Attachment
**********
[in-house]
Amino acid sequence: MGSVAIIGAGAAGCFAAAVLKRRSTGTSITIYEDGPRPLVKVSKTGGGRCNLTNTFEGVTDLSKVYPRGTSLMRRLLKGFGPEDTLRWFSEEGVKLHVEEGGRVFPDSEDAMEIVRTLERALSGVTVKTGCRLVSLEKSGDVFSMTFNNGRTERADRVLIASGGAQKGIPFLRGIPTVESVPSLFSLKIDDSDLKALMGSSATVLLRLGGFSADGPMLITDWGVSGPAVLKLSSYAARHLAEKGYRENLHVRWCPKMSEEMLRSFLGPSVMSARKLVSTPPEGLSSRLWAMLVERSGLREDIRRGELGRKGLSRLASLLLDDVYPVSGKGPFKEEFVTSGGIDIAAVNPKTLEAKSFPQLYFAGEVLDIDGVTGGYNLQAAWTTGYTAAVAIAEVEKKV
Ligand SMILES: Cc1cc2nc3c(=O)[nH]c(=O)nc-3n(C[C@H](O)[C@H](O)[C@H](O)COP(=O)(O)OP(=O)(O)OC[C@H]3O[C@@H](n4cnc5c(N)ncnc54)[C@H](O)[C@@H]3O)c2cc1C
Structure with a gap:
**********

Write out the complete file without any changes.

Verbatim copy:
[in-house]
Amino acid sequence: MGSVAIIGAGAAGCFAAAVLKRRSTGTSITIYEDGPRPLVKVSKTGGGRCNLTNTFEGVTDLSKVYPRGTSLMRRLLKGFGPEDTLRWFSEEGVKLHVEEGGRVFPDSEDAMEIVRTLERALSGVTVKTGCRLVSLEKSGDVFSMTFNNGRTERADRVLIASGGAQKGIPFLRGIPTVESVPSLFSLKIDDSDLKALMGSSATVLLRLGGFSADGPMLITDWGVSGPAVLKLSSYAARHLAEKGYRENLHVRWCPKMSEEMLRSFLGPSVMSARKLVSTPPEGLSSRLWAMLVERSGLREDIRRGELGRKGLSRLASLLLDDVYPVSGKGPFKEEFVTSGGIDIAAVNPKTLEAKSFPQLYFAGEVLDIDGVTGGYNLQAAWTTGYTAAVAIAEVEKKV
Ligand SMILES: Cc1cc2nc3c(=O)[nH]c(=O)nc-3n(C[C@H](O)[C@H](O)[C@H](O)COP(=O)(O)OP(=O)(O)OC[C@H]3O[C@@H](n4cnc5c(N)ncnc54)[C@H](O)[C@@H]3O)c2cc1C
Structure with a gap: